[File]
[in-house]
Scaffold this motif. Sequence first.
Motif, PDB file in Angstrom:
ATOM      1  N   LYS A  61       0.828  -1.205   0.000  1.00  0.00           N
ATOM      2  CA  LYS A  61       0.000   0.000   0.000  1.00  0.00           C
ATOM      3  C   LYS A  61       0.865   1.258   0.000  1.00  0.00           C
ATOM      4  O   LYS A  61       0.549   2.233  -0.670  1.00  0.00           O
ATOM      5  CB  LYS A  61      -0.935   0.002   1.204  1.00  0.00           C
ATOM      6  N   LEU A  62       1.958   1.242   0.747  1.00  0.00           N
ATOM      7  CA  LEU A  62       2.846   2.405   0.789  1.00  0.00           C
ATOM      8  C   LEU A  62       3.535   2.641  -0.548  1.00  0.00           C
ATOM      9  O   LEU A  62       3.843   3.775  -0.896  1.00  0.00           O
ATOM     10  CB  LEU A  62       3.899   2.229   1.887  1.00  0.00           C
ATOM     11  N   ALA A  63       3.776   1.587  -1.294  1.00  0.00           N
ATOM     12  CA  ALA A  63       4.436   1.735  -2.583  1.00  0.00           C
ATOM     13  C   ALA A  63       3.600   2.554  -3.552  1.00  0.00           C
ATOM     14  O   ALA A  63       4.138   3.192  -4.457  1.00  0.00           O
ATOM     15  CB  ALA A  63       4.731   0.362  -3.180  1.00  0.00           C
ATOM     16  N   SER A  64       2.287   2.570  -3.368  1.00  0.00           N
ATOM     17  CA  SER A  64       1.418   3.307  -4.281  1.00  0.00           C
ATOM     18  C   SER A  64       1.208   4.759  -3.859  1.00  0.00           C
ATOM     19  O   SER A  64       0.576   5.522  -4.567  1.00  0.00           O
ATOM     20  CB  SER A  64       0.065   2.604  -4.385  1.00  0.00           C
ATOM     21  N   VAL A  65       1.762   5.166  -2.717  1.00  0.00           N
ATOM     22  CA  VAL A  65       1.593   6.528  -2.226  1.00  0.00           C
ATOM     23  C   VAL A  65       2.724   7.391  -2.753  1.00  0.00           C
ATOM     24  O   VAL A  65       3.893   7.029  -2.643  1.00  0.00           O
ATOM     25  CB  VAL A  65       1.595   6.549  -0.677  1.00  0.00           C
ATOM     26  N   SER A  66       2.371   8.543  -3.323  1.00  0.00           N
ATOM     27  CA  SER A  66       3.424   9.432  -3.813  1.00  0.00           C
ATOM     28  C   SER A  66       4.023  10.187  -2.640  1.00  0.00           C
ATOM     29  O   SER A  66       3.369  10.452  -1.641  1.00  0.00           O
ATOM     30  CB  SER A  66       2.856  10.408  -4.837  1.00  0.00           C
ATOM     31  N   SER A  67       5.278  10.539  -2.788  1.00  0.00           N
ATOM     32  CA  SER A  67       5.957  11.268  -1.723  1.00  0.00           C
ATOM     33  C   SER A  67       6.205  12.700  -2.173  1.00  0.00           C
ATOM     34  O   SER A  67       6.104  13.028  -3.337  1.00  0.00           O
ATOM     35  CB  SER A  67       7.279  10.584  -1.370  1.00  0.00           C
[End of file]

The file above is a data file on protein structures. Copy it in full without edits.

[in-house]
Scaffold this motif. Sequence first.
Motif, PDB file in Angstrom:
ATOM      1  N   LYS A  61       0.828  -1.205   0.000  1.00  0.00           N
ATOM      2  CA  LYS A  61       0.000   0.000   0.000  1.00  0.00           C
ATOM      3  C   LYS A  61       0.865   1.258   0.000  1.00  0.00           C
ATOM      4  O   LYS A  61       0.549   2.233  -0.670  1.00  0.00           O
ATOM      5  CB  LYS A  61      -0.935   0.002   1.204  1.00  0.00           C
ATOM      6  N   LEU A  62       1.958   1.242   0.747  1.00  0.00           N
ATOM      7  CA  LEU A  62       2.846   2.405   0.789  1.00  0.00           C
ATOM      8  C   LEU A  62       3.535   2.641  -0.548  1.00  0.00           C
ATOM      9  O   LEU A  62       3.843   3.775  -0.896  1.00  0.00           O
ATOM     10  CB  LEU A  62       3.899   2.229   1.887  1.00  0.00           C
ATOM     11  N   ALA A  63       3.776   1.587  -1.294  1.00  0.00           N
ATOM     12  CA  ALA A  63       4.436   1.735  -2.583  1.00  0.00           C
ATOM     13  C   ALA A  63       3.600   2.554  -3.552  1.00  0.00           C
ATOM     14  O   ALA A  63       4.138   3.192  -4.457  1.00  0.00           O
ATOM     15  CB  ALA A  63       4.731   0.362  -3.180  1.00  0.00           C
ATOM     16  N   SER A  64       2.287   2.570  -3.368  1.00  0.00           N
ATOM     17  CA  SER A  64       1.418   3.307  -4.281  1.00  0.00           C
ATOM     18  C   SER A  64       1.208   4.759  -3.859  1.00  0.00           C
ATOM     19  O   SER A  64       0.576   5.522  -4.567  1.00  0.00           O
ATOM     20  CB  SER A  64       0.065   2.604  -4.385  1.00  0.00           C
ATOM     21  N   VAL A  65       1.762   5.166  -2.717  1.00  0.00           N
ATOM     22  CA  VAL A  65       1.593   6.528  -2.226  1.00  0.00           C
ATOM     23  C   VAL A  65       2.724   7.391  -2.753  1.00  0.00           C
ATOM     24  O   VAL A  65       3.893   7.029  -2.643  1.00  0.00           O
ATOM     25  CB  VAL A  65       1.595   6.549  -0.677  1.00  0.00           C
ATOM     26  N   SER A  66       2.371   8.543  -3.323  1.00  0.00           N
ATOM     27  CA  SER A  66       3.424   9.432  -3.813  1.00  0.00           C
ATOM     28  C   SER A  66       4.023  10.187  -2.640  1.00  0.00           C
ATOM     29  O   SER A  66       3.369  10.452  -1.641  1.00  0.00           O
ATOM     30  CB  SER A  66       2.856  10.408  -4.837  1.00  0.00           C
ATOM     31  N   SER A  67       5.278  10.539  -2.788  1.00  0.00           N
ATOM     32  CA  SER A  67       5.957  11.268  -1.723  1.00  0.00           C
ATOM     33  C   SER A  67       6.205  12.700  -2.173  1.00  0.00           C
ATOM     34  O   SER A  67       6.104  13.028  -3.337  1.00  0.00           O
ATOM     35  CB  SER A  67       7.279  10.584  -1.370  1.00  0.00           C